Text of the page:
When I analyzed that question, I realized that my main concerns about carrying in church were not really religious. They were mostly practical and social in nature.

Practical issues

There are several practical issues that surround carrying a concealed firearm into a church building. Remaining concealed is very, very important, both because of the social awkwardness if you get caught, and also because accidentally revealing your carry status could be a distraction or a stumbling block to others in the congregation.

It can be pretty hard to carry on-body in dress clothes. I’m here to tell you that it is not impossible, but it can be difficult until you get the hang of it.

If you ordinarily carry your holster on your belt, you will have to find another way to tote the gun whenever you wear a dress. For my money, the best bet for on-body carry while wearing a dress is a good belly band, though it does require a friendly dress design which allows you to reach the firearm … somehow.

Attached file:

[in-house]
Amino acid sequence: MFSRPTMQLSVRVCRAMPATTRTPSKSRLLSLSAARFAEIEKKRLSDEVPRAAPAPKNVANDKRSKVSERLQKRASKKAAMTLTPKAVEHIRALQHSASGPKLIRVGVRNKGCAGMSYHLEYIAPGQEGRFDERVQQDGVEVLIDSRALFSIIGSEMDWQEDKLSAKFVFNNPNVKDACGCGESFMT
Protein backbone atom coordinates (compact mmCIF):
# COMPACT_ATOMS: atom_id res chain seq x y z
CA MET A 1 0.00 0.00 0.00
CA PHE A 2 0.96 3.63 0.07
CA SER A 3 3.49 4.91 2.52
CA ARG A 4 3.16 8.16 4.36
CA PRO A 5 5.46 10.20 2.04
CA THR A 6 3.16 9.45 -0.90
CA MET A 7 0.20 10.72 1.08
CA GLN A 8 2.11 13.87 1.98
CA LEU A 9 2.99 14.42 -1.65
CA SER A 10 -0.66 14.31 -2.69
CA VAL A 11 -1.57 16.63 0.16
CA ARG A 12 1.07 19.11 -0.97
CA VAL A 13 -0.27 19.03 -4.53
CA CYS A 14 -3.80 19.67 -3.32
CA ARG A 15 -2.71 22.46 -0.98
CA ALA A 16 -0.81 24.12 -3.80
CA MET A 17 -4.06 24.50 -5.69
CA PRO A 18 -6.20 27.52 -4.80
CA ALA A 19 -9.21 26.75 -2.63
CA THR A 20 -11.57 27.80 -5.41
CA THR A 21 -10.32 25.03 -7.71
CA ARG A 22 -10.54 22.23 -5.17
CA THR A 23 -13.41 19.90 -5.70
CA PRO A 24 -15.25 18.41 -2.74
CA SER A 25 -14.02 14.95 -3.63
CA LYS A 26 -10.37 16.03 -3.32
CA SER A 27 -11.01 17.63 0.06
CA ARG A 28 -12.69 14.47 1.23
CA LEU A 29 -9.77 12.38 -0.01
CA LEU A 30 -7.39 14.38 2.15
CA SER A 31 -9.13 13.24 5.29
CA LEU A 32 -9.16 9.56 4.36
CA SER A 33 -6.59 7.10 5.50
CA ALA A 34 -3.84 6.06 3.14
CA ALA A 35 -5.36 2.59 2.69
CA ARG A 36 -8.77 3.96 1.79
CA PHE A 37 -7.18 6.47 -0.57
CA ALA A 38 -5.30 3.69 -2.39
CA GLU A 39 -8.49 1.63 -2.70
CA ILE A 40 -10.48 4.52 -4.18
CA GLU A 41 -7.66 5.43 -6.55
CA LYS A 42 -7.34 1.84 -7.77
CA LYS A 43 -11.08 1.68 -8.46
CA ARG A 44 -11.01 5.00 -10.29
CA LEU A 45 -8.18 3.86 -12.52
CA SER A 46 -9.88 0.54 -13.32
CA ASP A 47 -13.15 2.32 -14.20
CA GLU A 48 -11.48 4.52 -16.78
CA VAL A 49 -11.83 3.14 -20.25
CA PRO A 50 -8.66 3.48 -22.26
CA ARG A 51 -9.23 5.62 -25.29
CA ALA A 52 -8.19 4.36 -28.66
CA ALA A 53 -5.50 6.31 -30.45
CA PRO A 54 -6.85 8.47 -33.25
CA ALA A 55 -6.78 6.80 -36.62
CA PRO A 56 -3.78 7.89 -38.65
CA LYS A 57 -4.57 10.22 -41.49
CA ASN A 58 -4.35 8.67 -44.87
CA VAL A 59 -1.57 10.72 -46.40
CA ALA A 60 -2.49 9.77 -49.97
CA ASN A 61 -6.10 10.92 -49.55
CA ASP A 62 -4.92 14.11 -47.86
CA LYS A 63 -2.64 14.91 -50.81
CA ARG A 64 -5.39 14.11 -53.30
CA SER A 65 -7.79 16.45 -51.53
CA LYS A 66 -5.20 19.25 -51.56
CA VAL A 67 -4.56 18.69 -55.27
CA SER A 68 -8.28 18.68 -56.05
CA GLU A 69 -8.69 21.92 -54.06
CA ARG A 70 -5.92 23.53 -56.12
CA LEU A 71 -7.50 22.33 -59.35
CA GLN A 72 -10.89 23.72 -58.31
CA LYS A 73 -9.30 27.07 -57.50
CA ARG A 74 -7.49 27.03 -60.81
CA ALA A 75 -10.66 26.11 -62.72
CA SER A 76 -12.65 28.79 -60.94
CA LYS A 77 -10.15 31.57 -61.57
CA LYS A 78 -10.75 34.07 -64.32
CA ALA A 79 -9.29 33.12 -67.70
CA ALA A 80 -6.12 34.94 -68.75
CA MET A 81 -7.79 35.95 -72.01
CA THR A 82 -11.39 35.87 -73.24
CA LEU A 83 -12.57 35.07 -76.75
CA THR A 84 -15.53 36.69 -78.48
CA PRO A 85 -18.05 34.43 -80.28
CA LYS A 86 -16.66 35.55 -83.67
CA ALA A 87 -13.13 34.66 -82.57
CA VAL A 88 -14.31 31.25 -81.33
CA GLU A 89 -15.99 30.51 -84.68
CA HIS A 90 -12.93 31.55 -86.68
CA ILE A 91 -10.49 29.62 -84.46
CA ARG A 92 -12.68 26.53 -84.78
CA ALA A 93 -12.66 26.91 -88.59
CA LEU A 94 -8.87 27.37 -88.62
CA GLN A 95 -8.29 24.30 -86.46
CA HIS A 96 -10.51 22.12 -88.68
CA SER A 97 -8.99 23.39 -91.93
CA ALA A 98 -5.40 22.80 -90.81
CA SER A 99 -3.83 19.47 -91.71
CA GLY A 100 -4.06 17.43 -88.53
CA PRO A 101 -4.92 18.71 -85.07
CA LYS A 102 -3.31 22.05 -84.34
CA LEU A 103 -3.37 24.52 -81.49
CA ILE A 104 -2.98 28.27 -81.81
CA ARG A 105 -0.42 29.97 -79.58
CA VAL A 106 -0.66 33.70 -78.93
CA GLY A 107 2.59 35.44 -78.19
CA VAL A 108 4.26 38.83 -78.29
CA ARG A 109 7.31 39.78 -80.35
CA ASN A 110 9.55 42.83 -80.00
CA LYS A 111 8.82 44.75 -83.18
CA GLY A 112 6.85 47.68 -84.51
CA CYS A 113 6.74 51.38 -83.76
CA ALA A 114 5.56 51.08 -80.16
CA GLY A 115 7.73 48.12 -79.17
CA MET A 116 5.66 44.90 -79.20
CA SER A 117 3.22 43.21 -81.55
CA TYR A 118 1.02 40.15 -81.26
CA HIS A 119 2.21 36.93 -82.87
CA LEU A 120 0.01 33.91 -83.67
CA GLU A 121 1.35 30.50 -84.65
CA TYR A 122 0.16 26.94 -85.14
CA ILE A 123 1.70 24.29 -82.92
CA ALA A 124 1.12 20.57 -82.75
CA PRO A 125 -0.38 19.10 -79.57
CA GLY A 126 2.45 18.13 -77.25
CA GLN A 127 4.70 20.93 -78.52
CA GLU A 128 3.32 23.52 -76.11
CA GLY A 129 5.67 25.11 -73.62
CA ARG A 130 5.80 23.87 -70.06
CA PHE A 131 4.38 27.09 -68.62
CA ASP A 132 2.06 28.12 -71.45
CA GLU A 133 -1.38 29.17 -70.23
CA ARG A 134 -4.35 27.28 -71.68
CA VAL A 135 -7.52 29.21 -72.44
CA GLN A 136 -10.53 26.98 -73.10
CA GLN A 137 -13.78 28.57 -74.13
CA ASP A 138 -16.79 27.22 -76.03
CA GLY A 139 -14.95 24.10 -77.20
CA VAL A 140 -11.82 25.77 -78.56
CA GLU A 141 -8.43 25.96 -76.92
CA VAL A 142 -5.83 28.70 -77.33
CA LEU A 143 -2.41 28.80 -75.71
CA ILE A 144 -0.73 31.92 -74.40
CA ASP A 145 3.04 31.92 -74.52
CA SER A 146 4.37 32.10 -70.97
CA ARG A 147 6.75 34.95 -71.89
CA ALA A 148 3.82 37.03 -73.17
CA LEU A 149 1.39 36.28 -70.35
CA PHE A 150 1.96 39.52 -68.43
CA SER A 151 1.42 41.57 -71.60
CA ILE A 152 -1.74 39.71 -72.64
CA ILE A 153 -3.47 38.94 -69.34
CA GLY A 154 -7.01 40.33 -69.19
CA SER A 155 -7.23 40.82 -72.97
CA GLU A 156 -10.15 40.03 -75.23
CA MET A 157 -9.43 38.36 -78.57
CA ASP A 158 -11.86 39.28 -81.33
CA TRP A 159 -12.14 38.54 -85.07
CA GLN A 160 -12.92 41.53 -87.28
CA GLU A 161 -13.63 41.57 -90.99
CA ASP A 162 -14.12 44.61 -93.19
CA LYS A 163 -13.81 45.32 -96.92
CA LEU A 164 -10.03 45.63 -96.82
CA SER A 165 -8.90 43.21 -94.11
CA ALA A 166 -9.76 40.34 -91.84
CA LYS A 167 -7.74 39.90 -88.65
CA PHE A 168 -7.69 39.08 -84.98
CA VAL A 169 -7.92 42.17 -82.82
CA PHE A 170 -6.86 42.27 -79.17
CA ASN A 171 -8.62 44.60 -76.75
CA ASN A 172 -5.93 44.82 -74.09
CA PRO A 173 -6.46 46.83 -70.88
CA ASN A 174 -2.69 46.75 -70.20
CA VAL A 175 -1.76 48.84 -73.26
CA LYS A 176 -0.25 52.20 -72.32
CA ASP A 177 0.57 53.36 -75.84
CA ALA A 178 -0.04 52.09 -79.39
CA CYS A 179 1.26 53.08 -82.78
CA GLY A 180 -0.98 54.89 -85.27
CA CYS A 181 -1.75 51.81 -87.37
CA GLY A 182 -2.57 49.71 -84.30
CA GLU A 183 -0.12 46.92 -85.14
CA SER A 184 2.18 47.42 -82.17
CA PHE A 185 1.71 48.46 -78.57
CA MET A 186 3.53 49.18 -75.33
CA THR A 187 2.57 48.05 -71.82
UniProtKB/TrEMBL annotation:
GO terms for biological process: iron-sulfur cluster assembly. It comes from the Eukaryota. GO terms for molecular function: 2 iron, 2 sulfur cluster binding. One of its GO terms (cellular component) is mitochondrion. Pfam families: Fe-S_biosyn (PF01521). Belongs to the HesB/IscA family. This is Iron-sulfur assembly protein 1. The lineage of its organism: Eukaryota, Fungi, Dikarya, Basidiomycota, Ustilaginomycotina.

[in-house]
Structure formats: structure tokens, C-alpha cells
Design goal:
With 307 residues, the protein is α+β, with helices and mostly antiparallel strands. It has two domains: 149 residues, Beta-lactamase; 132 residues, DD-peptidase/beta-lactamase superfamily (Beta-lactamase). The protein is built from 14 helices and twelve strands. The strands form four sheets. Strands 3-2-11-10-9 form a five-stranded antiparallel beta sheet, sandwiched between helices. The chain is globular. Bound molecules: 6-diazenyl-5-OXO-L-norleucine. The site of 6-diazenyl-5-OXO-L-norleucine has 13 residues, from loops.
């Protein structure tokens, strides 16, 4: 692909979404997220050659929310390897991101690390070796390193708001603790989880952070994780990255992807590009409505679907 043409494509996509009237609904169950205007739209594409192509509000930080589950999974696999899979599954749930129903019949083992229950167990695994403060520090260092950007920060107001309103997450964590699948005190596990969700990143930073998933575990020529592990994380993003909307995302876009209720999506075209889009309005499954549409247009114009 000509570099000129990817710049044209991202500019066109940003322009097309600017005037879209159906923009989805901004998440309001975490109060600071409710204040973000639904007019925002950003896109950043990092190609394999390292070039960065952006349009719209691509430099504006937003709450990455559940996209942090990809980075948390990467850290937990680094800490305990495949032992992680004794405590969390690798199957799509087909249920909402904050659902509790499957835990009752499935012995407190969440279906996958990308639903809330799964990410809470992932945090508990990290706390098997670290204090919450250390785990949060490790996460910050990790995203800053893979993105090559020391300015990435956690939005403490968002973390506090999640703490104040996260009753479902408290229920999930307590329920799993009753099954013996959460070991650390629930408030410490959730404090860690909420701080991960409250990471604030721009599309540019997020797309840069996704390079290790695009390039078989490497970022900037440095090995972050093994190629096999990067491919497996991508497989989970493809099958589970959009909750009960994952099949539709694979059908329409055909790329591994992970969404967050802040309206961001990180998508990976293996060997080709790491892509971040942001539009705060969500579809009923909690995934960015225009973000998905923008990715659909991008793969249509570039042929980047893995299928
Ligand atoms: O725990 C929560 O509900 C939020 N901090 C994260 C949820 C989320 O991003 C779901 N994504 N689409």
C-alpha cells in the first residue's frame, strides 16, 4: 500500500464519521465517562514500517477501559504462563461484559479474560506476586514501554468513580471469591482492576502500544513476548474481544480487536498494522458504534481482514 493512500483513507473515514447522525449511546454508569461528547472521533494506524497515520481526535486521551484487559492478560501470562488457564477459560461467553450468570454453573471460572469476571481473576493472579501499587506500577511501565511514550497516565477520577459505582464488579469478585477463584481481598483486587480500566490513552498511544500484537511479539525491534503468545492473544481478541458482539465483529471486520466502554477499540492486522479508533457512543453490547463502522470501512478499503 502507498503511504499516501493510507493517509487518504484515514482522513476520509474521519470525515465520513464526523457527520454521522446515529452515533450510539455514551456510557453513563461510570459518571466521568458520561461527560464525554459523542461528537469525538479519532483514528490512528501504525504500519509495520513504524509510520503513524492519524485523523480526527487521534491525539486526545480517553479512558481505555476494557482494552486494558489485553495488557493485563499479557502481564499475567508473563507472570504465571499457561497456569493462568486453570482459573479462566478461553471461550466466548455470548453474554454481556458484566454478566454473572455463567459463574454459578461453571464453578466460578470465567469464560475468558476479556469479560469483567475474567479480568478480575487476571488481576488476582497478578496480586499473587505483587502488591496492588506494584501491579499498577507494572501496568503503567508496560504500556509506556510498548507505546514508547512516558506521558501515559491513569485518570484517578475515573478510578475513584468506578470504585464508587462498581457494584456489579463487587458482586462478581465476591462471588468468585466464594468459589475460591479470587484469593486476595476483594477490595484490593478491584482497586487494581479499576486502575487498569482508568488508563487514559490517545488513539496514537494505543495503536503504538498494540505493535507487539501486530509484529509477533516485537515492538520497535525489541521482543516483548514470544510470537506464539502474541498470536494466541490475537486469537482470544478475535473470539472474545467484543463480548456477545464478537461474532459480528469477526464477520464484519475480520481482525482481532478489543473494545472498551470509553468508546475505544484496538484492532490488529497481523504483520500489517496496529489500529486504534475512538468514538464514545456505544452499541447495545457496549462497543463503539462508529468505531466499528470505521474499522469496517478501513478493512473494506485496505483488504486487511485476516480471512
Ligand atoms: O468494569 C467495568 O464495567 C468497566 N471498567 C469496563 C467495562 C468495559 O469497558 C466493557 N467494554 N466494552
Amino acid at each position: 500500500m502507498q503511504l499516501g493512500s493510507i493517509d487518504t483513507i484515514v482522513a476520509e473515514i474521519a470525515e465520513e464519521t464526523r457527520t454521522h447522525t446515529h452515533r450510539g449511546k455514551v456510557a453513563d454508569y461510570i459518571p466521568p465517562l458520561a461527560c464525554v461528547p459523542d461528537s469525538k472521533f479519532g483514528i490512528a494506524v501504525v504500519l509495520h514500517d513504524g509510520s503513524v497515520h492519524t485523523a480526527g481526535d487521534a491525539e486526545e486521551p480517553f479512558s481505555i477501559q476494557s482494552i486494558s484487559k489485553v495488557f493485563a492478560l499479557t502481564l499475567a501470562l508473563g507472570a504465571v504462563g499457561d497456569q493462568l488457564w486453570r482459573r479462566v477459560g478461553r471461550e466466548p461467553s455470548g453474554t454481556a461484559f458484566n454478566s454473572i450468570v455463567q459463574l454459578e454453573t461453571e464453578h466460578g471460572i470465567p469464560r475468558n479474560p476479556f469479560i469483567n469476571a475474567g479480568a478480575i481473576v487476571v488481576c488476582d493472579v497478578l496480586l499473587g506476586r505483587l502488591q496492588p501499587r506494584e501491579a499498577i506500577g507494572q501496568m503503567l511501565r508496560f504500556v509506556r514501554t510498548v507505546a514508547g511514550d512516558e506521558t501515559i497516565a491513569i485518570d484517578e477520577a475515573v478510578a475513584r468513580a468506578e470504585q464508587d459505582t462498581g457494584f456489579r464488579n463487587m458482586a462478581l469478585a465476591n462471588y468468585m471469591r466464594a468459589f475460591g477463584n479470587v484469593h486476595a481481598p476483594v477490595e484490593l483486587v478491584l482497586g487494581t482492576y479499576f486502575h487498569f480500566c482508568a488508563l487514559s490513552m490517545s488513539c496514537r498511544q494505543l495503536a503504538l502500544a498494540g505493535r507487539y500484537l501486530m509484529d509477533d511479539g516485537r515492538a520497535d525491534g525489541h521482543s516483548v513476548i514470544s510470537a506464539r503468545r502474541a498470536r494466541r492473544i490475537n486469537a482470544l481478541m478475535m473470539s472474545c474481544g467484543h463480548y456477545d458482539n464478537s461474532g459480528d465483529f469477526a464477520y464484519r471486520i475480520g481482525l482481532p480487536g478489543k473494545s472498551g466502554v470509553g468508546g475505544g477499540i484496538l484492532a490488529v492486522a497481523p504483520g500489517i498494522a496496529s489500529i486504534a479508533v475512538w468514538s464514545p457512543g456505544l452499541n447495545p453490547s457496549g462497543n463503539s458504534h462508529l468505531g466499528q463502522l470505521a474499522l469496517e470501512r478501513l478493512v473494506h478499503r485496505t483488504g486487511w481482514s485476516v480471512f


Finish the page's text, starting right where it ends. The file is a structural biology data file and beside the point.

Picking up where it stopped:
Another option for carrying while wearing a dress is to add a boxy blazer to the outfit, and carry in a shoulder holster. I’ve never done this, but I’ve seen it done and it works pretty well for some figure types.

If instead of a dress, you choose to wear a skirt and blouse combination, you have a lot more options for on-body carry. It is possible — not easy but possible — to find skirts which have wide belt loops. If you’re fortunate enough to come across one of these, you can simply carry on the waist in your usual holster with a sturdy belt. Wear it with an untucked blouse, or tuck your blouse in and add a dressy vest or sweater, or a snazzy jacket, and you’re good to go.